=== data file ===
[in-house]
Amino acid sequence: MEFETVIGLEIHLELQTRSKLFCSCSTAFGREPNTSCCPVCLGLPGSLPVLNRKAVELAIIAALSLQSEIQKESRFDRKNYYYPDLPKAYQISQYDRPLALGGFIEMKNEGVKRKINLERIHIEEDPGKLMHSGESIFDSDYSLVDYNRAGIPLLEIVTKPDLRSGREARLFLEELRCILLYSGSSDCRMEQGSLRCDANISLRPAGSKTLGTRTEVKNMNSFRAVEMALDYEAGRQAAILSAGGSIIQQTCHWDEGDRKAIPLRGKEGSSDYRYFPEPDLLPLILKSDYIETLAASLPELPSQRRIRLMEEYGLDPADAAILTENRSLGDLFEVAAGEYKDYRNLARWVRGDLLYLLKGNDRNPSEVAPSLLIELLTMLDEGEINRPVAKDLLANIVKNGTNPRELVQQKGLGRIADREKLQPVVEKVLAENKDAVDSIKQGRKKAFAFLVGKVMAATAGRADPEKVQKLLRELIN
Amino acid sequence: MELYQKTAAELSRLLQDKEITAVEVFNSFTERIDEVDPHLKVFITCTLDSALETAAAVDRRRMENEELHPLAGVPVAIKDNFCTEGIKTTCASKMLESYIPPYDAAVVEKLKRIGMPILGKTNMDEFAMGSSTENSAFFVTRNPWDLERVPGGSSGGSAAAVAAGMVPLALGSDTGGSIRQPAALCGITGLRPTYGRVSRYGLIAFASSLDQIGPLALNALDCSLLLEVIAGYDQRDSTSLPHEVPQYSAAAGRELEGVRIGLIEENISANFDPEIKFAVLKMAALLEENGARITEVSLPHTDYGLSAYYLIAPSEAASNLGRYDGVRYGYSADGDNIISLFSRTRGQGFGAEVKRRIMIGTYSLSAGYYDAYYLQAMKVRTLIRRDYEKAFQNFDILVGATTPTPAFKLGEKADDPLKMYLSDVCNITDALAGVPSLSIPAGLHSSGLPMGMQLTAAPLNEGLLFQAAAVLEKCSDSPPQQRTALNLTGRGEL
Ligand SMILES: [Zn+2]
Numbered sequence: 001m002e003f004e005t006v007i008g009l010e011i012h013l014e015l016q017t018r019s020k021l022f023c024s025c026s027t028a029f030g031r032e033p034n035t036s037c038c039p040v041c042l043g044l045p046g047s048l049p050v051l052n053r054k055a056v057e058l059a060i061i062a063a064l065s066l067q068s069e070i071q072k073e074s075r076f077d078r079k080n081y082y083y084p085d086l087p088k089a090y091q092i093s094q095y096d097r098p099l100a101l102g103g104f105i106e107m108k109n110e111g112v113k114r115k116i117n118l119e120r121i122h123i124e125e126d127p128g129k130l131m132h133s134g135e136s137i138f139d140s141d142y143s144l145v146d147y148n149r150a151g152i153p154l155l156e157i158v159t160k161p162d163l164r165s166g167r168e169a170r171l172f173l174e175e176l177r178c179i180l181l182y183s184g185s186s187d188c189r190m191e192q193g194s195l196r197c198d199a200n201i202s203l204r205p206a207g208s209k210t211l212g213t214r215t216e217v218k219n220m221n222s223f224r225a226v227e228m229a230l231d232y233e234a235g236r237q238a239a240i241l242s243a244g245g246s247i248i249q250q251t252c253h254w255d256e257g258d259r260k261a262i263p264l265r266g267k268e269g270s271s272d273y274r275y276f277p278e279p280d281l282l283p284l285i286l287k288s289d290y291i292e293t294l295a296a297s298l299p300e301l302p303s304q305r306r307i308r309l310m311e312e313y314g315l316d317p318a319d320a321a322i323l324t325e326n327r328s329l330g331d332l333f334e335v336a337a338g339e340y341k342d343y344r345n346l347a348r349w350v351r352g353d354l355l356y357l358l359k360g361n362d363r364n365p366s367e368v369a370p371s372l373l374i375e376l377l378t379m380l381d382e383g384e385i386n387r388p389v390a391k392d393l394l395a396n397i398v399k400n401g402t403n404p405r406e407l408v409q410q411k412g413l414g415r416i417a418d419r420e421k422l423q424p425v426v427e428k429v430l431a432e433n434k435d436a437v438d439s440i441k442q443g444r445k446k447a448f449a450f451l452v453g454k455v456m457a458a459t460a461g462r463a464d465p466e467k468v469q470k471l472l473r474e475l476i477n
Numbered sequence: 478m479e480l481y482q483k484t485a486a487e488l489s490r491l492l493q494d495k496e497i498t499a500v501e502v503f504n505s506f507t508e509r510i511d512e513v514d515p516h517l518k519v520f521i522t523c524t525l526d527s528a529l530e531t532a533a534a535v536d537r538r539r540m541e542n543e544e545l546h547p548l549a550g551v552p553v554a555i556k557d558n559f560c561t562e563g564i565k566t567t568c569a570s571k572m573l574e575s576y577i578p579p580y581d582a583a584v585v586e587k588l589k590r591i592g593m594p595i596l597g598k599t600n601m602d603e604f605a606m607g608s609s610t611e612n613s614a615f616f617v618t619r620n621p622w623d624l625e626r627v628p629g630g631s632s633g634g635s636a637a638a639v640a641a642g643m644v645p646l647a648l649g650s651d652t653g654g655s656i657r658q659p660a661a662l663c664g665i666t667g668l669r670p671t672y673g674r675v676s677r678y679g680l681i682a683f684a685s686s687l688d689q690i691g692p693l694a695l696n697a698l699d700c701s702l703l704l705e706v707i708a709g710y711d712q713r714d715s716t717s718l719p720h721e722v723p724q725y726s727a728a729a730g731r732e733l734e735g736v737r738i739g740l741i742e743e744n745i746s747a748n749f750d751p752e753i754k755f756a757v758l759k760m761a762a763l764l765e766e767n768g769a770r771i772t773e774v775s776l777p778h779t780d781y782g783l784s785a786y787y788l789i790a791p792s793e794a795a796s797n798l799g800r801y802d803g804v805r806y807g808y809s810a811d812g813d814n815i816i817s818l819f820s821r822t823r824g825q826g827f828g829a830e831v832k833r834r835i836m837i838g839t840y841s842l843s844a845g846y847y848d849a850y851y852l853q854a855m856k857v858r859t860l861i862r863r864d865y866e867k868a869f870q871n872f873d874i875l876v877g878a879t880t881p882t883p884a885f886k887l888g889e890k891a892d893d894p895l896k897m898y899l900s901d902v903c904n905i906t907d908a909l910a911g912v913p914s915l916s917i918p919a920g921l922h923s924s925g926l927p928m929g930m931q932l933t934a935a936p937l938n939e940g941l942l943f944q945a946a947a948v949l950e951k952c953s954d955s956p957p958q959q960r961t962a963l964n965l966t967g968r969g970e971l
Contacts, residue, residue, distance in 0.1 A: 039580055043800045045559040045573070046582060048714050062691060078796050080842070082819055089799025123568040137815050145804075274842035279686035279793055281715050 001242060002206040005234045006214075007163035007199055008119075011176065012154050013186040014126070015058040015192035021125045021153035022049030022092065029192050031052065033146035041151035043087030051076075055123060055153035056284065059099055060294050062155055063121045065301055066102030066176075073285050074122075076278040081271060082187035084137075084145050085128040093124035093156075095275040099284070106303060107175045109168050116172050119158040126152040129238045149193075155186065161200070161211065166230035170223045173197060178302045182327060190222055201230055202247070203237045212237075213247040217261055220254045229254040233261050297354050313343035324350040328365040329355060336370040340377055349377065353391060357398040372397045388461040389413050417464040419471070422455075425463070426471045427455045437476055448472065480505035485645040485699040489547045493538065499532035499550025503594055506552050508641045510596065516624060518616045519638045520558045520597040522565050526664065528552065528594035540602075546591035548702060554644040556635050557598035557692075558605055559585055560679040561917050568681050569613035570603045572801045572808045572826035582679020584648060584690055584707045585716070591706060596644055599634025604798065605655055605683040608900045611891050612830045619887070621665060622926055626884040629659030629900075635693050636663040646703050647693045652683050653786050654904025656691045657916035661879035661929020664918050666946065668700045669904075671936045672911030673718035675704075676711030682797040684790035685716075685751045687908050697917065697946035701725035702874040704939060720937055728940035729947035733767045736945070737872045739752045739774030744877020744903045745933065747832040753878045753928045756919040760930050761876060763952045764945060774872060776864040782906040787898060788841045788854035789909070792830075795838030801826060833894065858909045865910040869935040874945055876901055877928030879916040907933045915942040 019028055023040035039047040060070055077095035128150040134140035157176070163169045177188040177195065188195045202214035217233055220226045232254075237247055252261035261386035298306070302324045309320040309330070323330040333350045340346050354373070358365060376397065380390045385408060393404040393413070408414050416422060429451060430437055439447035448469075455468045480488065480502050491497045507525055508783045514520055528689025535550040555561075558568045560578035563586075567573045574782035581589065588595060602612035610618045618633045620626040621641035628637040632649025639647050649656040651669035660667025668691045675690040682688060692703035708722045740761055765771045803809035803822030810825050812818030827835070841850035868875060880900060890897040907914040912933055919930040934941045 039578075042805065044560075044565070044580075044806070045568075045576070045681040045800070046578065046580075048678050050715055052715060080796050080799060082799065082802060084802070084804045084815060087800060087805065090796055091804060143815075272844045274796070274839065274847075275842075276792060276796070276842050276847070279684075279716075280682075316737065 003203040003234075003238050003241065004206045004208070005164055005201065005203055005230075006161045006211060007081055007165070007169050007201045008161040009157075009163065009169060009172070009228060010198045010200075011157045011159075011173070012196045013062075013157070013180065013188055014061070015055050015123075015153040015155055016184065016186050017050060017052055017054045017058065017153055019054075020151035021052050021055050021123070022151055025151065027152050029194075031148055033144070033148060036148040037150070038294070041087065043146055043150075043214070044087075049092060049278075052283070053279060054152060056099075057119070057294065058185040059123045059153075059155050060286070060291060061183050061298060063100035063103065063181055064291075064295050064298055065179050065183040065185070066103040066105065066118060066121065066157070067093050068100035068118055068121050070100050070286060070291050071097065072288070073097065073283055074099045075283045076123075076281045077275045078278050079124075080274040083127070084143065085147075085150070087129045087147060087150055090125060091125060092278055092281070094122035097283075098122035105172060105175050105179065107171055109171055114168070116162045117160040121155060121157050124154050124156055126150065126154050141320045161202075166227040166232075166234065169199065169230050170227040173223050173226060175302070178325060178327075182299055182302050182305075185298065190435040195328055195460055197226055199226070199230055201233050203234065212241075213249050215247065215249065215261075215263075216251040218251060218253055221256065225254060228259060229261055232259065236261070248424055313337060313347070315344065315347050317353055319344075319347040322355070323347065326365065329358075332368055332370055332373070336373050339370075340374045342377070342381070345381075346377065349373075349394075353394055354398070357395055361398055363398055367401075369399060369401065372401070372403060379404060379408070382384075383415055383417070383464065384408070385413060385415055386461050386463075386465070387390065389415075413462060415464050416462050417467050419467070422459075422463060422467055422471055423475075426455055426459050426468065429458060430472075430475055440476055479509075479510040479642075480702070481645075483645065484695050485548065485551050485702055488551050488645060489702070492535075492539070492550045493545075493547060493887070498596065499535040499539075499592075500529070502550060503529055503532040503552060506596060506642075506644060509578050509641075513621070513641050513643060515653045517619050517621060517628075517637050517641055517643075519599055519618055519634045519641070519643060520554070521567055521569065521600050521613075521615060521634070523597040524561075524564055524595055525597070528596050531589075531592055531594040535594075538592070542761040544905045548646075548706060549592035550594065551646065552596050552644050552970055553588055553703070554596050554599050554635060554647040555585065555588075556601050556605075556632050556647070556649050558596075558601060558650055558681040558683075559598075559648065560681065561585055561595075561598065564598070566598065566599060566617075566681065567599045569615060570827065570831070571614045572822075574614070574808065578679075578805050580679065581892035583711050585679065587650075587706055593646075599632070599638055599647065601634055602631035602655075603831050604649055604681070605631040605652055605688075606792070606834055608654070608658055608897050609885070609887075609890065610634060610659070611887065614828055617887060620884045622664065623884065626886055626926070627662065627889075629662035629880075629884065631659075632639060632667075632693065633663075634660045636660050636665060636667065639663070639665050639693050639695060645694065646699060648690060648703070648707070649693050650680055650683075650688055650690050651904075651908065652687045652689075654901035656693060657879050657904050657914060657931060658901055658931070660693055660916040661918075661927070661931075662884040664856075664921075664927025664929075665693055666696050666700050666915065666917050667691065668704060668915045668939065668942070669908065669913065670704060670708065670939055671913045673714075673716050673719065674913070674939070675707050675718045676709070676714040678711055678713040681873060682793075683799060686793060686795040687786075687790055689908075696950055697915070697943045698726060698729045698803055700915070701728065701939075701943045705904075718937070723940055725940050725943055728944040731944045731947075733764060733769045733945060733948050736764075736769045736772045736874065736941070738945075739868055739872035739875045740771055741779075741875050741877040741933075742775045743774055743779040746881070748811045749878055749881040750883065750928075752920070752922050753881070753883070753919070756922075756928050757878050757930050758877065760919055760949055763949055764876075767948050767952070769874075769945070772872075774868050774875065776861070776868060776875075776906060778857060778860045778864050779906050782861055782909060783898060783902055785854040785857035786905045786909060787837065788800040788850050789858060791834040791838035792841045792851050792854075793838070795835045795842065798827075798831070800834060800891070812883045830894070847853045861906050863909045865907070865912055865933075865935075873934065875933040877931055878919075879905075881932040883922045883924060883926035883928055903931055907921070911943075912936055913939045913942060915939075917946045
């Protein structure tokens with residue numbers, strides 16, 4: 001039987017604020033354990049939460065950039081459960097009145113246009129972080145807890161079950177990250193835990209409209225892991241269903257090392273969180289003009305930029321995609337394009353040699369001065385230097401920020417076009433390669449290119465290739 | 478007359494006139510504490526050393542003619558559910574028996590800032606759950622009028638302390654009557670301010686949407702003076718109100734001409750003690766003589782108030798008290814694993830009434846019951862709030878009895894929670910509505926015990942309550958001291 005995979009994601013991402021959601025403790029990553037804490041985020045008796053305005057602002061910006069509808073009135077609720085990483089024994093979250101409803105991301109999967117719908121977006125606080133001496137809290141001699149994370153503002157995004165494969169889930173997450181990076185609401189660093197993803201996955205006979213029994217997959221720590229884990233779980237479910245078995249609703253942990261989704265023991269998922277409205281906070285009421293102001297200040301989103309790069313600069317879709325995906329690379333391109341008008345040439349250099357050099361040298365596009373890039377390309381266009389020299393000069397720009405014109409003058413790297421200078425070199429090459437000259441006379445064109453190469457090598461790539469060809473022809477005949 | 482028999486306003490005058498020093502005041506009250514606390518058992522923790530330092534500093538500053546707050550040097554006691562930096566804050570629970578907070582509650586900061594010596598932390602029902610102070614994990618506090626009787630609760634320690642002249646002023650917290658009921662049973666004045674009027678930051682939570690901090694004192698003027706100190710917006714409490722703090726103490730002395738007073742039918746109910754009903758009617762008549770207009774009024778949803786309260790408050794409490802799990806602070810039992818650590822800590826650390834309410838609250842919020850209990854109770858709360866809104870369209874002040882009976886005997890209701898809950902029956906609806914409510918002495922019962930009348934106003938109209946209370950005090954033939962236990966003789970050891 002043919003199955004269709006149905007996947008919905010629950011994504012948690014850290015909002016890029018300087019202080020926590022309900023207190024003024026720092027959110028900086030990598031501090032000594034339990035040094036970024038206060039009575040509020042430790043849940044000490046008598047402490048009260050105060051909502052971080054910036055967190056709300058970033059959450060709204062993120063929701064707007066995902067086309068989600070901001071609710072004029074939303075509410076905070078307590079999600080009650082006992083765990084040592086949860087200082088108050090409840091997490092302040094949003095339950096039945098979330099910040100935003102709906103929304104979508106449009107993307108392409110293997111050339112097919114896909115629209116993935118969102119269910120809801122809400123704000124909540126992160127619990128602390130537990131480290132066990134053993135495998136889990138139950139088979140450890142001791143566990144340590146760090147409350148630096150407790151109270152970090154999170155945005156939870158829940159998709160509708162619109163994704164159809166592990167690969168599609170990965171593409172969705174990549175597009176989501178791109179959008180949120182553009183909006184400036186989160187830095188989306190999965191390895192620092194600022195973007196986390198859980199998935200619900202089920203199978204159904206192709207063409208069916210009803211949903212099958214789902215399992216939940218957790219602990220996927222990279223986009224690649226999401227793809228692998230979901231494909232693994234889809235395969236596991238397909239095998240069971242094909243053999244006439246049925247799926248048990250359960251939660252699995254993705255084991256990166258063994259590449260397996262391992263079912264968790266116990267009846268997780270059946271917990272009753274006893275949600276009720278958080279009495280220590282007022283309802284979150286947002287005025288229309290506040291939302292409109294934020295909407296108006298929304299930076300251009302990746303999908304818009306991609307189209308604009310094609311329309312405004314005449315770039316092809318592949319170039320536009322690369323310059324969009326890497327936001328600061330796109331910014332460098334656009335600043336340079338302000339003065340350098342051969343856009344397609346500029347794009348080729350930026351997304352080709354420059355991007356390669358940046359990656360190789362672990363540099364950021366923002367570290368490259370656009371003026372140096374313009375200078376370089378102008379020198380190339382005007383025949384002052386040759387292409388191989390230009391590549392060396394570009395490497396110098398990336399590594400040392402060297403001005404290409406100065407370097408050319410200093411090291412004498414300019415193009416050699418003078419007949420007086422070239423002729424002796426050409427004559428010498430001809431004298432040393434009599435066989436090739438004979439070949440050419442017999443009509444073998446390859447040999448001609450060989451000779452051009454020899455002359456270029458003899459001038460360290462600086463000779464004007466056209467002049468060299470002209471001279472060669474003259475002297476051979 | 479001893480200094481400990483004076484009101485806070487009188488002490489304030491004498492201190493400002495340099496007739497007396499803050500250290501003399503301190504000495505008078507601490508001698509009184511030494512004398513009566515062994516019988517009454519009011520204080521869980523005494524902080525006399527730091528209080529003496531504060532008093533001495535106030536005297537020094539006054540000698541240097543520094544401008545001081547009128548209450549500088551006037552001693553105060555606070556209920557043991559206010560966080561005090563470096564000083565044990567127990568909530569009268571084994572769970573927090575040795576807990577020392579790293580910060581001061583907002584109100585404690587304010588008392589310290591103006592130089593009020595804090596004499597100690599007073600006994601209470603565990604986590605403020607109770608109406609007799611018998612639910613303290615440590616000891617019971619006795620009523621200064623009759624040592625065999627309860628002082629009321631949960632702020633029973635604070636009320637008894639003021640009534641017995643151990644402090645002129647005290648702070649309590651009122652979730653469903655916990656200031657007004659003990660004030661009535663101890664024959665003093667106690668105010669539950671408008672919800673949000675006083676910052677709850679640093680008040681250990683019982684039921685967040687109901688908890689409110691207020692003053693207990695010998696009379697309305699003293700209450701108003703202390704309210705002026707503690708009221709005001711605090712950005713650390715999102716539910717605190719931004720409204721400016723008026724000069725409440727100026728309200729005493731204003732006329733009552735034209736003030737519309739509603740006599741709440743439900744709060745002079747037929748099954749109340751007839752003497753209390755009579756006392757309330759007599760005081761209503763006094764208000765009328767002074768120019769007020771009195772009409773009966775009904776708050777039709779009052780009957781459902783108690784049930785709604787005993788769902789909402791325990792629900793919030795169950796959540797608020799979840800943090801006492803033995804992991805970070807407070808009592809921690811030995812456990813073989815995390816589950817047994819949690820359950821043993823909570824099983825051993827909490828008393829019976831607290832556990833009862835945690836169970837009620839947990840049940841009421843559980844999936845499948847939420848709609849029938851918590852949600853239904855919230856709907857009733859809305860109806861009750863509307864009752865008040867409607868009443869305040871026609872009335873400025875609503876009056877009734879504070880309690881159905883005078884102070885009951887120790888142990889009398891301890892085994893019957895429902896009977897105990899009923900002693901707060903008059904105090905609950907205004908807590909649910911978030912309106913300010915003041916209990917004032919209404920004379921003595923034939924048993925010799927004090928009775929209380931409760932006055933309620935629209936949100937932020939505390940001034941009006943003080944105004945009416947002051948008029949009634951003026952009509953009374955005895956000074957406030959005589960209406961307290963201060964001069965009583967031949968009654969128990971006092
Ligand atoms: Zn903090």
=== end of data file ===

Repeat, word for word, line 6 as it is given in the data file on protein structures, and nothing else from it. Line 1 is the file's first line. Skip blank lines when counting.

Numbered sequence: 478m479e480l481y482q483k484t485a486a487e488l489s490r491l492l493q494d495k496e497i498t499a500v501e502v503f504n505s506f507t508e509r510i511d512e513v514d515p516h517l518k519v520f521i522t523c524t525l526d527s528a529l530e531t532a533a534a535v536d537r538r539r540m541e542n543e544e545l546h547p548l549a550g551v552p553v554a555i556k557d558n559f560c561t562e563g564i565k566t567t568c569a570s571k572m573l574e575s576y577i578p579p580y581d582a583a584v585v586e587k588l589k590r591i592g593m594p595i596l597g598k599t600n601m602d603e604f605a606m607g608s609s610t611e612n613s614a615f616f617v618t619r620n621p622w623d624l625e626r627v628p629g630g631s632s633g634g635s636a637a638a639v640a641a642g643m644v645p646l647a648l649g650s651d652t653g654g655s656i657r658q659p660a661a662l663c664g665i666t667g668l669r670p671t672y673g674r675v676s677r678y679g680l681i682a683f684a685s686s687l688d689q690i691g692p693l694a695l696n697a698l699d700c701s702l703l704l705e706v707i708a709g710y711d712q713r714d715s716t717s718l719p720h721e722v723p724q725y726s727a728a729a730g731r732e733l734e735g736v737r738i739g740l741i742e743e744n745i746s747a748n749f750d751p752e753i754k755f756a757v758l759k760m761a762a763l764l765e766e767n768g769a770r771i772t773e774v775s776l777p778h779t780d781y782g783l784s785a786y787y788l789i790a791p792s793e794a795a796s797n798l799g800r801y802d803g804v805r806y807g808y809s810a811d812g813d814n815i816i817s818l819f820s821r822t823r824g825q826g827f828g829a830e831v832k833r834r835i836m837i838g839t840y841s842l843s844a845g846y847y848d849a850y851y852l853q854a855m856k857v858r859t860l861i862r863r864d865y866e867k868a869f870q871n872f873d874i875l876v877g878a879t880t881p882t883p884a885f886k887l888g889e890k891a892d893d894p895l896k897m898y899l900s901d902v903c904n905i906t907d908a909l910a911g912v913p914s915l916s917i918p919a920g921l922h923s924s925g926l927p928m929g930m931q932l933t934a935a936p937l938n939e940g941l942l943f944q945a946a947a948v949l950e951k952c953s954d955s956p957p958q959q960r961t962a963l964n965l966t967g968r969g970e971l